THE former Commissioner of Royal Gibraltar Police claims he was forced from his job amid ‘improper pressure at the highest level of government’ as a much anticipated public inquiry gets underway.

Ian McGrail announced he was retiring as Commissioner of Police in June 2020 after serving just two years of a four-year term without revealing his reasons behind the move at the time.

The decision to retire early after 36 years with the RGP, provoked fierce speculation and questions in parliament with McGrail himself calling for the matter to be properly investigated, and an inquiry was set up at the request of Chief Minister Fabian Picardo in February.

Preliminary hearings last week under retired High Court judge Sir Peter Openshaw who flew over from London to chair the public inquiry into the matter.

Caoilfhionn Gallagher, the QC representing McGrail, laid out her client’s central argument.

“His core allegations are that he was put under inappropriate pressure in respect of the conduct of a criminal investigation, and that he was subsequently put under pressure by the same individuals to request early retirement against his will, pressure to which he ultimately succumbed,” she told the opening session at the Garrison Library, last Wednesday (June 22).

Gallagher insisted that ‘the probity of Gibraltar’s institutions is at issue in this inquiry’ and called for the judicial investigation to be “full, fair and fearless”.

However, Sir Peter Caruana, QC, who is representing the government in the inquiry, countered: “The Government, the then Governor, Mr (Nick) Pyle, the Chief Minister, Mr Picardo, and the Attorney General, Mr (Michael) Llamas, deny that Mr McGrail was at any time or by any of them put under improper or any pressure in the conduct of his job or the conduct of any criminal investigation.”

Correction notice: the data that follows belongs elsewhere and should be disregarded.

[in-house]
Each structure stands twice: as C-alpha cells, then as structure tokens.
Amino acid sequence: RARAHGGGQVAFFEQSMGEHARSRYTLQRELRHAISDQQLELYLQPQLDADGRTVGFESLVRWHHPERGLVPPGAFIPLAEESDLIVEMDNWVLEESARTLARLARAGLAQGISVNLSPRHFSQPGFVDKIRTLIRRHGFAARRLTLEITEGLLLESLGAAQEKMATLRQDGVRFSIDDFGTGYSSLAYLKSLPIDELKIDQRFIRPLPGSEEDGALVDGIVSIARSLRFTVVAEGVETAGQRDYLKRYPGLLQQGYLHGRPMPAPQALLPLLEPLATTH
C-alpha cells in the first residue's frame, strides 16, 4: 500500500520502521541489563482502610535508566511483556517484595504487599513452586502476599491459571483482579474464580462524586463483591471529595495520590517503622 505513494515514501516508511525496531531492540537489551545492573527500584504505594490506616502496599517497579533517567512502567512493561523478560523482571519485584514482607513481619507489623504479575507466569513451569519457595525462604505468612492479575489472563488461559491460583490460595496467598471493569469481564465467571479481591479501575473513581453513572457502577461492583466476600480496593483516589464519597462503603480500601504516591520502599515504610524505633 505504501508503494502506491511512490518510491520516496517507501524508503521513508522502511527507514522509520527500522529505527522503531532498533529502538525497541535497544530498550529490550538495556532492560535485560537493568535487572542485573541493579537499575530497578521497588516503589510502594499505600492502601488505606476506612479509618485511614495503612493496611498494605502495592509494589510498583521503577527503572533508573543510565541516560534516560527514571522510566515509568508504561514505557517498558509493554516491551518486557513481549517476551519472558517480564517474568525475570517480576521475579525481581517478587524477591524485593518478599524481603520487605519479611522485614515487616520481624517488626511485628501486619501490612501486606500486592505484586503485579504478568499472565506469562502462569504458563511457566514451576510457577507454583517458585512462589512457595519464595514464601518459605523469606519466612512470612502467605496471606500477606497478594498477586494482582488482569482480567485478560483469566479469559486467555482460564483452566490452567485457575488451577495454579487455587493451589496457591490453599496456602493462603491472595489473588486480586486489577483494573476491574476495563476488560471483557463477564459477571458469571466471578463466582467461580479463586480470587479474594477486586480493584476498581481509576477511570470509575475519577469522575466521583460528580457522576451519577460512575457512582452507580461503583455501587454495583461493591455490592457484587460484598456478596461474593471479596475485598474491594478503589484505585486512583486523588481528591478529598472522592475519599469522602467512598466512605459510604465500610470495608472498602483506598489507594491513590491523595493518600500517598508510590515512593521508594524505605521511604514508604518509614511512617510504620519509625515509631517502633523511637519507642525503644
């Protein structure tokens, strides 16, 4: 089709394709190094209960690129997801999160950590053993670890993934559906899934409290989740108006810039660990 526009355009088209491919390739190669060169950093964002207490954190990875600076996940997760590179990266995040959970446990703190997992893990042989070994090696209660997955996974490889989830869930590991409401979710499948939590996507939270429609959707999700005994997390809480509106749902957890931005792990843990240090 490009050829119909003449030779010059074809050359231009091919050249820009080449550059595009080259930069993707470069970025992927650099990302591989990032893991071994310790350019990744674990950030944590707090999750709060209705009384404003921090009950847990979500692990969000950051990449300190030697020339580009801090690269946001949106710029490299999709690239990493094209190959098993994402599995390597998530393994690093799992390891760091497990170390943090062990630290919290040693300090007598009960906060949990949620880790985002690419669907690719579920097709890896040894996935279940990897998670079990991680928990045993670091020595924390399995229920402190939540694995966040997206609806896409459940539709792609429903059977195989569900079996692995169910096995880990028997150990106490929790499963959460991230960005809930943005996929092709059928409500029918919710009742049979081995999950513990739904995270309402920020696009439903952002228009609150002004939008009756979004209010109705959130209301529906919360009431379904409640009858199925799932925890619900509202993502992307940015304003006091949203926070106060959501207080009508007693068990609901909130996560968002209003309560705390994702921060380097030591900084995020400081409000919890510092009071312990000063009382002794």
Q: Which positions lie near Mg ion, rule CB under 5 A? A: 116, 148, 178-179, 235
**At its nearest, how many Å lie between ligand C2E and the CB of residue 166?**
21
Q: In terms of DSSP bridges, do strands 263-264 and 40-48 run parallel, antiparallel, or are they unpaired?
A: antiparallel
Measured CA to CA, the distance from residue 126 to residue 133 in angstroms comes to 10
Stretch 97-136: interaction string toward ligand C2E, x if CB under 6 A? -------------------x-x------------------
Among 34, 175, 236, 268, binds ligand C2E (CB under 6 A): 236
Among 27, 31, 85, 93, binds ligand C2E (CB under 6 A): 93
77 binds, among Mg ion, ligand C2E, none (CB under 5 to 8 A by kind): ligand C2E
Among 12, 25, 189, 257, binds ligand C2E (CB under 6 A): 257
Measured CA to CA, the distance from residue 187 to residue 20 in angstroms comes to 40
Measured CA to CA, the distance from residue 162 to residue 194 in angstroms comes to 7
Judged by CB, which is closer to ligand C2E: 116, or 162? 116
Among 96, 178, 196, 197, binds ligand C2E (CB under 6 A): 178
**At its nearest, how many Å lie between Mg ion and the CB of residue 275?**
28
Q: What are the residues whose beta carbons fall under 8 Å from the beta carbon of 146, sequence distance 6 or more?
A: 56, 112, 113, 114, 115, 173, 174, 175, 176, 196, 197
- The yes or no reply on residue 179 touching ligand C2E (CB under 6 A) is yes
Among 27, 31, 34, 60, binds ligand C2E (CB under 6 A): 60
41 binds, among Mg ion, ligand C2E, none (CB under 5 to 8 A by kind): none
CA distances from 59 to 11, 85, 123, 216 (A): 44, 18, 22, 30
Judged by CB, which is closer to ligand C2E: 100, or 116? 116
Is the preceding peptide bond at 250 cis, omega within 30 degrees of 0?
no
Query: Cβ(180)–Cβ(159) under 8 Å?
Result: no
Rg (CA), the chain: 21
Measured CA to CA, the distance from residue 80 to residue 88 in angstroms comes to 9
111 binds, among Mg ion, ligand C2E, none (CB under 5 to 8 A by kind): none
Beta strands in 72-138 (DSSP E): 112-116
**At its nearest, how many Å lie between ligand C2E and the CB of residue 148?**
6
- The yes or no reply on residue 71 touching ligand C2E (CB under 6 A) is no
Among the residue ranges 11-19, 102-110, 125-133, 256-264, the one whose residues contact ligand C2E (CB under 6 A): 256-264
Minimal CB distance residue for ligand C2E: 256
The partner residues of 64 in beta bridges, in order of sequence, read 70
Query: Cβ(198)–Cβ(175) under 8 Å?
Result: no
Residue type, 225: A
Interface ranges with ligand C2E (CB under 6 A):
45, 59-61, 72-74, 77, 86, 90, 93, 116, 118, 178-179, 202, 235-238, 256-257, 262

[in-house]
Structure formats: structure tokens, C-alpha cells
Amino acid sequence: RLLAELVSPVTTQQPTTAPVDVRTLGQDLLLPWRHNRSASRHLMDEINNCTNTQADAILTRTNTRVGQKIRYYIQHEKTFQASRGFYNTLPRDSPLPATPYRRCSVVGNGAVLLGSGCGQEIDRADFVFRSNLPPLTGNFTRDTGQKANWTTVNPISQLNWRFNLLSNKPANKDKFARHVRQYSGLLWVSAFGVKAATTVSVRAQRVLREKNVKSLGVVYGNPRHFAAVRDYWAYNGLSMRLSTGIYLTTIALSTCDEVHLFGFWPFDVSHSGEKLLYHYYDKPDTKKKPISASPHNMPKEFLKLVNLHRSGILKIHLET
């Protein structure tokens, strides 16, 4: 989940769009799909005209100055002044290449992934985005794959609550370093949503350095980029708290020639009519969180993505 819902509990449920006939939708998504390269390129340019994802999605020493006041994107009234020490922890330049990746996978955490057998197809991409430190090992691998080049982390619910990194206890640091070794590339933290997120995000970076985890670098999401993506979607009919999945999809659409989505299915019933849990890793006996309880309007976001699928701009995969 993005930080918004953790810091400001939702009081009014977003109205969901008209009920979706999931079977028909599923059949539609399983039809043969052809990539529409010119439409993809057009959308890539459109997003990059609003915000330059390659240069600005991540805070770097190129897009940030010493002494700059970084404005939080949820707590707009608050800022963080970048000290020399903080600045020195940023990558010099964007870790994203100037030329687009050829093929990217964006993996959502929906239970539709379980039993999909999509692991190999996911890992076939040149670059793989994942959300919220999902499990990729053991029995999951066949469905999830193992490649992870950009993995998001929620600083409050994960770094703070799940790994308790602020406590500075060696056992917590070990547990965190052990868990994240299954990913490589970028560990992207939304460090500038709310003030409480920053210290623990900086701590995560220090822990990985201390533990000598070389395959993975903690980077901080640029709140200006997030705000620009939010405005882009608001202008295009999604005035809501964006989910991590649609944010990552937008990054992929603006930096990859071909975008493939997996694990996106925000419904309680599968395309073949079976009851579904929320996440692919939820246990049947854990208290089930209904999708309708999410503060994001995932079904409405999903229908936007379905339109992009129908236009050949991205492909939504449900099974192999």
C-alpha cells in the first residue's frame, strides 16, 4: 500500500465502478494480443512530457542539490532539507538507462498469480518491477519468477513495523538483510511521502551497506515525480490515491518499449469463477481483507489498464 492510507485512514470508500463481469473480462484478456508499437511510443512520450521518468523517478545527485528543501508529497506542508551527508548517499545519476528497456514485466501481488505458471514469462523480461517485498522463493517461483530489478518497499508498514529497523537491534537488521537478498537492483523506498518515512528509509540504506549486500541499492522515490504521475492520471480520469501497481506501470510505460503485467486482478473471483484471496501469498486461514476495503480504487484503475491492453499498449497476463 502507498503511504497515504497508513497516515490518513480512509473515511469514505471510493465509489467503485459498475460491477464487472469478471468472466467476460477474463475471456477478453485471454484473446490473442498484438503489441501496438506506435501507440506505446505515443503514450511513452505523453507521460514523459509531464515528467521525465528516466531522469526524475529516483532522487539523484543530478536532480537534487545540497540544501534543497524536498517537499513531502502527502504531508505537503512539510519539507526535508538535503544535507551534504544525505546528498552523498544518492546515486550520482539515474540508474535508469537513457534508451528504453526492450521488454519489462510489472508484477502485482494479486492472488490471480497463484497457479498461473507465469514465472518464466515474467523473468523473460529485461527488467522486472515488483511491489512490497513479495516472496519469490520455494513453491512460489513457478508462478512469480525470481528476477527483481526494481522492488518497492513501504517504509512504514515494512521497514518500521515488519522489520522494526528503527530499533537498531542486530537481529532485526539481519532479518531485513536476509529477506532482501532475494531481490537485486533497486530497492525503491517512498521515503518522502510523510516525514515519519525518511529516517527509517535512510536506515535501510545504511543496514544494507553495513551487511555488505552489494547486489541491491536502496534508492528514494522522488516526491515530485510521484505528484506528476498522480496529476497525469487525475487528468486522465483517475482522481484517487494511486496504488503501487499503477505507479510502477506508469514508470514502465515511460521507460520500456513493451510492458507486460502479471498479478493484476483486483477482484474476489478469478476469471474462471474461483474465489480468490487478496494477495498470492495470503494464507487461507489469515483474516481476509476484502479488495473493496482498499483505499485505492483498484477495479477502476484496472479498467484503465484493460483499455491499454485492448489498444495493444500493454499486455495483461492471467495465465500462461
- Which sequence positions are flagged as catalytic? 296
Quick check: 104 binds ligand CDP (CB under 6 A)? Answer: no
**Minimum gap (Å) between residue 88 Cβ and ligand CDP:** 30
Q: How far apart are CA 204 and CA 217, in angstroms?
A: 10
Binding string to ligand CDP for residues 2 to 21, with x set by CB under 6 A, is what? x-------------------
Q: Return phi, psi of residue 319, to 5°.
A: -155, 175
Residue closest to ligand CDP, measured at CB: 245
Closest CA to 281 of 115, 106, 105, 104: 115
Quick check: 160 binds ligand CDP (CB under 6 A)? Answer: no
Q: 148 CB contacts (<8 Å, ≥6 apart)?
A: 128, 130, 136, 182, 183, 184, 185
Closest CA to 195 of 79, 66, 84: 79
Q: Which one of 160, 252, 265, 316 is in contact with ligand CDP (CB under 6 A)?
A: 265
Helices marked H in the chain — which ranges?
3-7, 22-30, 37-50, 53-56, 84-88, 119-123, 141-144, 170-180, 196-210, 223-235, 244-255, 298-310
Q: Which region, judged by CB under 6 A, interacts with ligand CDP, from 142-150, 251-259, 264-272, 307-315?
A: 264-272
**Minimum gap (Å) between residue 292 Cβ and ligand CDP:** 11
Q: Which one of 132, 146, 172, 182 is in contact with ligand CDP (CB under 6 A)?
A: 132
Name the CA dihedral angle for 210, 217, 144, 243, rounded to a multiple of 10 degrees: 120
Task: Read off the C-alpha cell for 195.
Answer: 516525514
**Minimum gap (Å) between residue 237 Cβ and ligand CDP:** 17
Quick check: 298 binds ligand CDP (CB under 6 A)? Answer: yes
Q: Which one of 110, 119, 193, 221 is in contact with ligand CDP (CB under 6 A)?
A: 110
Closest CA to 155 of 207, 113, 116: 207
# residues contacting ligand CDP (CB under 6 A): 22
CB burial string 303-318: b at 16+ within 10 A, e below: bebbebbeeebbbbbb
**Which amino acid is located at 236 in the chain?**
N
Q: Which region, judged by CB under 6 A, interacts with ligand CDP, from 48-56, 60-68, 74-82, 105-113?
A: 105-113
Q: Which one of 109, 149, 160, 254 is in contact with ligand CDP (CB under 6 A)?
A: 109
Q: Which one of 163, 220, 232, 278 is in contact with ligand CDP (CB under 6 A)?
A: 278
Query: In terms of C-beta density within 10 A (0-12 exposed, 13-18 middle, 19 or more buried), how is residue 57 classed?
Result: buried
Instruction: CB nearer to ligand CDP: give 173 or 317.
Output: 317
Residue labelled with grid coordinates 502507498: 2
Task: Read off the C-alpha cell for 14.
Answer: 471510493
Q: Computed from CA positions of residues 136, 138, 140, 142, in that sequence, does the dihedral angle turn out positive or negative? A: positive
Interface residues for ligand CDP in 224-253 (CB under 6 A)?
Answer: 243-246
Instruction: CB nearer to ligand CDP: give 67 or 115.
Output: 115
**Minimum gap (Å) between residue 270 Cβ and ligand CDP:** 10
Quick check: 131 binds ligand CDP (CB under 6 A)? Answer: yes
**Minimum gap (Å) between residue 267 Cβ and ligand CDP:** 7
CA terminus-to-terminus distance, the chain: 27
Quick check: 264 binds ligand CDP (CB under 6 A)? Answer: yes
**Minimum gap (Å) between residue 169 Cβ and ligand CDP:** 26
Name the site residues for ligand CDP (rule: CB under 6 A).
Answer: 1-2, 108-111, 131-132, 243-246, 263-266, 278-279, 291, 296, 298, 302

He argued that McGrail ‘chose to retire because he knew that, having lost the confidence of the Governor and the Chief Minister, his position had become untenable’.

Outlining the scope of the inquiry, Openshaw said: “Although several of the key participants in these events hold or held positions within the Government of Gibraltar, I make clear that the inquiry will be conducted quite independently from the Government.”

“My findings will be made public. They will not be and are not subject to approval by the Government.”

The inquiry will hear evidence from four core parties; McGrail, Picardo, Pyle and Joseph Britto, the chairman of the Gibraltar Police Authority (GPA).

A general appeal has also been issued to the public for anyone who feels they have evidence that may be of use to come forward.

Openshaw will have to decide what steps the inquiry would take to offer protective measures to potential witnesses, including the possibility of providing evidence anonymously.

Also discussed was whether steps would be made to provide a live feed of the proceedings.

The next session, which will also tackle procedural matters has been scheduled for September.

The main hearing of the inquiry is not expected to take place until March 2023.

A dedicated website has been set up to keep the public informed about the progress of the Inquiry.

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